The Conference on Iroquois Research met last week in Oswego, New York. It included many excellent presentations. I gave a talk based on the AIC records for 1723-1725 entitled “The Sappony Prisoner: Servant, Captive, Runaway, or Chief?” It concerns a Sappony captive taken from Virginia to Kahnawake in 1723 and his subsequent fate.
Here is a pdf copy: Captivity_Paper .
The C.I.R. is evolving in very interesting ways. Check out the web page to learn about their work, including their journal, which just published a third issue. They also have a Facebook Page where you can see pictures of the conference and learn more about the presentations.
This is a map of Oswego in 1727, and a marker and plaque from the site of the fort built that year.
I kept thinking about the Iroquois of 1723, as well as the French and Anglo-Dutch traders. They used to navigate these waters in canoes like the ones now on display in the H. Lee White Maritime Museum, following the river up to Onondaga and Oneida. What would they make of the present day city?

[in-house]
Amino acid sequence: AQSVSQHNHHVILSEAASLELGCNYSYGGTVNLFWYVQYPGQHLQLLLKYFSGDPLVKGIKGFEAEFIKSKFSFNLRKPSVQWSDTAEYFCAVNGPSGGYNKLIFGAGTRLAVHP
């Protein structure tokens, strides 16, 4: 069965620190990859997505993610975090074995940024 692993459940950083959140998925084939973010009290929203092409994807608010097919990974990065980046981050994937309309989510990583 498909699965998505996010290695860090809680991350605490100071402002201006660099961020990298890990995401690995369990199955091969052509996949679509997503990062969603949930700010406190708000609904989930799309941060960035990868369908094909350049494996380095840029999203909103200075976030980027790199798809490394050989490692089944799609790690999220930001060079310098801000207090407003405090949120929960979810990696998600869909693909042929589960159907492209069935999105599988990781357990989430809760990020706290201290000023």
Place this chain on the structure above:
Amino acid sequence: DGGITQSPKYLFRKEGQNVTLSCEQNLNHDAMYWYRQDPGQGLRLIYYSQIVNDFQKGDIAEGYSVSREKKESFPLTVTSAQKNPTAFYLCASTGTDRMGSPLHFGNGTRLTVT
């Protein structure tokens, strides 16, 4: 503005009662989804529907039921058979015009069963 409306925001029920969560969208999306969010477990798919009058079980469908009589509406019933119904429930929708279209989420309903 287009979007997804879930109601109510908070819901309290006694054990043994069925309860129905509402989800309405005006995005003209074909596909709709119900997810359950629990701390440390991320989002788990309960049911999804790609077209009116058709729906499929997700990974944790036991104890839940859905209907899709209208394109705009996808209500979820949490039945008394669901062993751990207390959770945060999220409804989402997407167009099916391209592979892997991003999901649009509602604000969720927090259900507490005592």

Blocked from Trading with Montreal, Albany Traders Move West
In September the commissioners made good on their promise to give the governor an account of the volume of the fur trade to the west. Captain Harme Vedder, stationed in Seneca Country, returned with his company and 50 bundles of fur. Many other traders were now going west as well. Despite the difficulties involved, the commissioners put together a detailed list of who had gone to Indian country and how many furs and skins they had purchased. At least fifty-one canoes, each carrying several traders, had been to the lakes and returned with 738 bundles of furs. The list of names covers many if not most Albany families. It also includes an unnamed Indian couple, several unnamed hired men, and a member of the versatile Montour family, Jean Montour. Some traders went more than once and some trips for which details were not provided brought 50 additional bundles of furs. In addition, 43 canoes of “far Indians” came to Albany and Schenectady with 200 bundles.
The direct trade from Albany to Canada was far smaller, as estimated by the commissioners and Lieutenant Blood, who was stationed at the English garrison at Mount Burnet, on the Hudson north of Albany.